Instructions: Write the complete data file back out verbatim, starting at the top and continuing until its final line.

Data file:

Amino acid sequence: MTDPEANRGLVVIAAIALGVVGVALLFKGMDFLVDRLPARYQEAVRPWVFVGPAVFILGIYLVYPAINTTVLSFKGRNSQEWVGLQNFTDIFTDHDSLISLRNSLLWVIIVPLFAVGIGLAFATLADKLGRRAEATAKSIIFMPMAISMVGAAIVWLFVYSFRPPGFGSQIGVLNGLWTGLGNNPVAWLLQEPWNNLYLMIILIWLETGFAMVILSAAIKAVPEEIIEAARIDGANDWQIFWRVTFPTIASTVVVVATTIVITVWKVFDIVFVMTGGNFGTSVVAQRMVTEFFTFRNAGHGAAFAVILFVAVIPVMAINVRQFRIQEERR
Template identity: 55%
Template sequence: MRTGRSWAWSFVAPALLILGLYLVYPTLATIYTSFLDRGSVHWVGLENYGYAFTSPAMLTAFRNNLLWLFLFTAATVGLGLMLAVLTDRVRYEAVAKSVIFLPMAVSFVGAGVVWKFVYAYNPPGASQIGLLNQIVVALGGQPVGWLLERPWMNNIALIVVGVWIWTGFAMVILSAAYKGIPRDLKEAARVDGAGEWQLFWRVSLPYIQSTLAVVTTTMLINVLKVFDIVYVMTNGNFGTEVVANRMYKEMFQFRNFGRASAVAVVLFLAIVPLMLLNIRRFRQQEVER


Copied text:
Amino acid sequence: MTDPEANRGLVVIAAIALGVVGVALLFKGMDFLVDRLPARYQEAVRPWVFVGPAVFILGIYLVYPAINTTVLSFKGRNSQEWVGLQNFTDIFTDHDSLISLRNSLLWVIIVPLFAVGIGLAFATLADKLGRRAEATAKSIIFMPMAISMVGAAIVWLFVYSFRPPGFGSQIGVLNGLWTGLGNNPVAWLLQEPWNNLYLMIILIWLETGFAMVILSAAIKAVPEEIIEAARIDGANDWQIFWRVTFPTIASTVVVVATTIVITVWKVFDIVFVMTGGNFGTSVVAQRMVTEFFTFRNAGHGAAFAVILFVAVIPVMAINVRQFRIQEERR
Template identity: 55%
Template sequence: MRTGRSWAWSFVAPALLILGLYLVYPTLATIYTSFLDRGSVHWVGLENYGYAFTSPAMLTAFRNNLLWLFLFTAATVGLGLMLAVLTDRVRYEAVAKSVIFLPMAVSFVGAGVVWKFVYAYNPPGASQIGLLNQIVVALGGQPVGWLLERPWMNNIALIVVGVWIWTGFAMVILSAAYKGIPRDLKEAARVDGAGEWQLFWRVSLPYIQSTLAVVTTTMLINVLKVFDIVYVMTNGNFGTEVVANRMYKEMFQFRNFGRASAVAVVLFLAIVPLMLLNIRRFRQQEVER